First off, I’d like to give a big thank you to Fairday and Lizzy for allowing me to write a post on their blog. It’s really exciting! I’ve been asked to talk a little bit about the process I follow as a self-published author. I’ve been writing all my life—back when there were no computers, just typewriters! When my wife finally convinced me to write a novel, I knew it had to be for children.
What followed was six years of writing, rewriting, editing and feedback from friends, family and a writing workshop. When I finally ‘finished’ (let’s face it, you never feel like your book is ever totally done/perfect) in 2011, I looked around at publishing options. As an author, you basically have two routes to go, traditionally published or self-published.
I went with self-publishing because there were a lot of good options available that enabled me to turn out a professional looking book for little or no money reasonably quickly. Self-publishing also gives me full creative control so that I can write what I want the way I want. I have to say going in that my goal was never to make a boatload of money but to entertain children by writing books with good values that demonstrate teamwork and finding strength from within. Thankfully, I've managed to stay true to that.
So what’s it like being self-published? When I began this journey, I thought I had a pretty good idea. Turns out, I had a lot to learn and three years later, there is still a lot I don’t know.
If you have a desire to write, the first thing you need is a story idea. This leads to the question ‘where do ideas come from?’ Everyone has to come up with their own answer to that question, but I’ve found that the best generator for me is asking ‘What if?’ For example, when I was kicking around ideas for that first book I asked myself a lot of what if questions. The one that really resonated with me was, ‘What if a boy found a doorway to another world?’ That led to Eric meeting Stig the owl who took him on a wonderful adventure in the first Deliverers book, Sharky & the Jewel.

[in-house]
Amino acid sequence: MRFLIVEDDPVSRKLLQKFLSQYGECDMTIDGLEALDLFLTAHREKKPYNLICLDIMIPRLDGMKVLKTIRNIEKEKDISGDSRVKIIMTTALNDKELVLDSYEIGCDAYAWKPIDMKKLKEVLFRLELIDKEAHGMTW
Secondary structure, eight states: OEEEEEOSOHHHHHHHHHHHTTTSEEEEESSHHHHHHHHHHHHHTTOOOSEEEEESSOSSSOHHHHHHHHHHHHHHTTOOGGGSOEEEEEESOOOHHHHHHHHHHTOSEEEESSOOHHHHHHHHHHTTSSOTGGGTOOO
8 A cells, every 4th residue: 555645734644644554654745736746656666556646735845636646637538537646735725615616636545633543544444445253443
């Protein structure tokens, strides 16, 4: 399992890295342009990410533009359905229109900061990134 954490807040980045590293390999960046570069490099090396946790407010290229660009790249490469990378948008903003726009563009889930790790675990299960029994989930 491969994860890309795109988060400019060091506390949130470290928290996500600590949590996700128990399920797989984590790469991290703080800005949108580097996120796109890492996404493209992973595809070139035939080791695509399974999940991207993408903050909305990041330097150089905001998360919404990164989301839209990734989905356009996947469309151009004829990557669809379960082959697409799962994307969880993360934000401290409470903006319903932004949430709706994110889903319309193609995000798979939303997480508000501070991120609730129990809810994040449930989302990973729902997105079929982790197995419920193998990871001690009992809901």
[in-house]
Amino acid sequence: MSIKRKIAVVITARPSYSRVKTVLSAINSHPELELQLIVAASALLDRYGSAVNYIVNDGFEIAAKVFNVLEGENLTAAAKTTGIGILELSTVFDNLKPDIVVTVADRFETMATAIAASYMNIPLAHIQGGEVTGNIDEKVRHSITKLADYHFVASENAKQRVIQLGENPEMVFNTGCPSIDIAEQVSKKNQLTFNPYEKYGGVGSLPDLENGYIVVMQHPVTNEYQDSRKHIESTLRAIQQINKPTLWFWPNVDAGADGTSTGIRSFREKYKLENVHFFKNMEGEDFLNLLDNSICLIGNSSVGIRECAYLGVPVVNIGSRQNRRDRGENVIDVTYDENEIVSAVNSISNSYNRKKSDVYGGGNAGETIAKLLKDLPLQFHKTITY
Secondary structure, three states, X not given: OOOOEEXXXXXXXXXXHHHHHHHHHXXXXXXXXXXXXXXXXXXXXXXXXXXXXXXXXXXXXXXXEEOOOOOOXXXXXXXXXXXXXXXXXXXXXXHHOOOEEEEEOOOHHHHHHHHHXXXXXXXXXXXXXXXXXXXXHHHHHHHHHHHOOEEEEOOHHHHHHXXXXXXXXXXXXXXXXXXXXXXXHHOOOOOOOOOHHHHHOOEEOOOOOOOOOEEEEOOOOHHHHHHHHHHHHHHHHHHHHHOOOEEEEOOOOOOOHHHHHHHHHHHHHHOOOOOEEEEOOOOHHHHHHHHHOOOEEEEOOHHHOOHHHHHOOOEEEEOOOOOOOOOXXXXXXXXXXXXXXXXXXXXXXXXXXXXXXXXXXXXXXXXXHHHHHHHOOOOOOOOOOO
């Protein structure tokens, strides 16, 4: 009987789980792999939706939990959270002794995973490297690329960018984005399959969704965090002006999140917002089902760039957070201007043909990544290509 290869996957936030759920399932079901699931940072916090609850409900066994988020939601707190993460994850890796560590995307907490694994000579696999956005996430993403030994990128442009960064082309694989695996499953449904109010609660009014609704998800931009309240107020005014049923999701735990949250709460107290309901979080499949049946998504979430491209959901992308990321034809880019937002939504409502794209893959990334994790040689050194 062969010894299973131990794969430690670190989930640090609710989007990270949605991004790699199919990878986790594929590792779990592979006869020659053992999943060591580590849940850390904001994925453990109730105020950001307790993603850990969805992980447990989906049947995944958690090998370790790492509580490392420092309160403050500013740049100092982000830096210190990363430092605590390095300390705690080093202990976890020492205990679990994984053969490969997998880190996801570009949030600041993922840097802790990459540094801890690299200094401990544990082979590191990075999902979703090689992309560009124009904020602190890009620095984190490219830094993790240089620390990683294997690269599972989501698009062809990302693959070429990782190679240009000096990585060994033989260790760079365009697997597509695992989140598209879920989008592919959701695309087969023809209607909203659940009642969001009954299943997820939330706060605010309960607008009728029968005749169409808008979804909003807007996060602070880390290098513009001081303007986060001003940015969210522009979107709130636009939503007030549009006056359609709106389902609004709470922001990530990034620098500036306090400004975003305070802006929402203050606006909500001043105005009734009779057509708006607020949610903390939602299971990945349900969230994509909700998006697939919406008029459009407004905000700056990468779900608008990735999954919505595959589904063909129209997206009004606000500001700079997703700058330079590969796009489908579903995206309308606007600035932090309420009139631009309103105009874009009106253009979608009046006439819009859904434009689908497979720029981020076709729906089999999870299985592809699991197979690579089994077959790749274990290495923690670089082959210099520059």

Once I have an idea that I’m excited about, I like to map things out. I don’t go so far as to outline the book from start to finish, but I begin writing with a concrete problem that needs to be solved, a good idea of how the characters are going to do it and most of the resolution. Everyone is different in this, I think. Some map out everything, others let things develop as they write. For me, the characters tend to take over and lead. I know what they have to do, but oftentimes they get it done in ways that I don’t expect. That’s the best part about the writing process.
Once your first draft is complete, it’s time to start rewriting and editing. I usually go through it all once and identify areas that just don’t work for me. Then, it’s time to figure out the best way to rewrite those portions. After rewriting, I go through and edit. This includes word usage, spelling, punctuation, typos, etc. Once that’s done, if the budget allows I hand it off to an editor. I was an editor for four years, so if the money’s not there I can get away with not having it edited, but it’s always better if someone else does it. They’ll be more objective and spot areas of needed improvement that you never will.